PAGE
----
New Labour’s tax credits channelled money towards cash-strapped families simply because they were poor, and thereby failed this test. Instead, we must shore up the foundations of economic shelters in working life. This entails, first, looking beyond state benefits, and regulating or nudging employers to do more for their vulnerable staff on security and pay. Second, it entails reinventing social insurance. It would be costly to find funds for, say, a higher rate of Jobseeker’s Allowance for those who have “paid a stamp” or contributed to the community in some other demonstrable way. But doing something explicitly extra for unarguably deserving victims could break us out of the Benefits Street discourse.

The squeezed but safe could coldly conclude that it would be better to go uninsured than pay premiums to cover others. But if they are assured that those being bailed out deserve it, opinion would surely shift. Faced with a welfare system that nobody bothers to explain or defend, those who don’t need help are bound to do the selfish calculation and vote for cuts. The left should take its cue from Franklin Roosevelt’s defence of a “legal, moral and political” right to contribution-based benefits. It might just find that most of us still understand that bad things can happen to good people.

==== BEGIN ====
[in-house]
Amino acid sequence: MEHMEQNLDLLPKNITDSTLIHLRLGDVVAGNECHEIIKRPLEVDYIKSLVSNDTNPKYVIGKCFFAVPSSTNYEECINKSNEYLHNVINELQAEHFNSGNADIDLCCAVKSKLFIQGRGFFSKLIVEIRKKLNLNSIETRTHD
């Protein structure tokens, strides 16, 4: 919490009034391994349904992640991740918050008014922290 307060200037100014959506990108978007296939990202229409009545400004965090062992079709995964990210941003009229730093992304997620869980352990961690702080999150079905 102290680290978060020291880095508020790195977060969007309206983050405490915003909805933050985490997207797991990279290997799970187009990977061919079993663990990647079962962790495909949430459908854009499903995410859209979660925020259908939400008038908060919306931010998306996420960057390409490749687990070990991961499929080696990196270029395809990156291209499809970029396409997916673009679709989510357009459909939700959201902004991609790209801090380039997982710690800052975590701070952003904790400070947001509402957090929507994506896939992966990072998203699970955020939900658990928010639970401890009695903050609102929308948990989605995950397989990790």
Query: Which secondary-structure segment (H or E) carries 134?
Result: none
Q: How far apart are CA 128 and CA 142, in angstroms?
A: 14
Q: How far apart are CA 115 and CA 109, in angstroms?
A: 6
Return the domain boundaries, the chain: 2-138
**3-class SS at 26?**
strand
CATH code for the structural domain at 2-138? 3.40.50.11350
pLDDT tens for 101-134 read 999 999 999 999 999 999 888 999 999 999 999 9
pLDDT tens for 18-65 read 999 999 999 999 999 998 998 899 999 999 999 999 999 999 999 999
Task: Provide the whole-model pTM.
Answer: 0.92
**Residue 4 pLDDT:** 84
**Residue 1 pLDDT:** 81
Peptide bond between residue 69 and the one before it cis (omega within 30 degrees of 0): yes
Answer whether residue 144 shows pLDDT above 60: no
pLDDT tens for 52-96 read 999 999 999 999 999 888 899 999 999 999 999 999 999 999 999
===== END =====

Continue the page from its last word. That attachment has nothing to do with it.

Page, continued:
Tom Clark is the author of “Hard Times: the Divisive Toll of the Economic Slump” (Yale University Press, £18.99)

This article first appeared in the 23 July 2014 issue of the New Statesman, Summer Double 2014

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How the Lib Dems learned to love all-women shortlists

Yes, the sitting Lib Dem MPs are mostly white, middle-aged middle class men. But the party's not taking any chances. 

I can’t tell you who’ll be the Lib Dem candidate in Southport on 8 June, but I do know one thing about them. As they’re replacing a sitting Lib Dem (John Pugh is retiring) - they’ll be female.

The same is true in many of our top 20 target seats, including places like Lewes (Kelly-Marie Blundell), Yeovil (Daisy Benson), Thornbury and Yate (Clare Young), and Sutton and Cheam (Amna Ahmad). There was air punching in Lib Dem offices all over the country on Tuesday when it was announced Jo Swinson was standing again in East Dunbartonshire.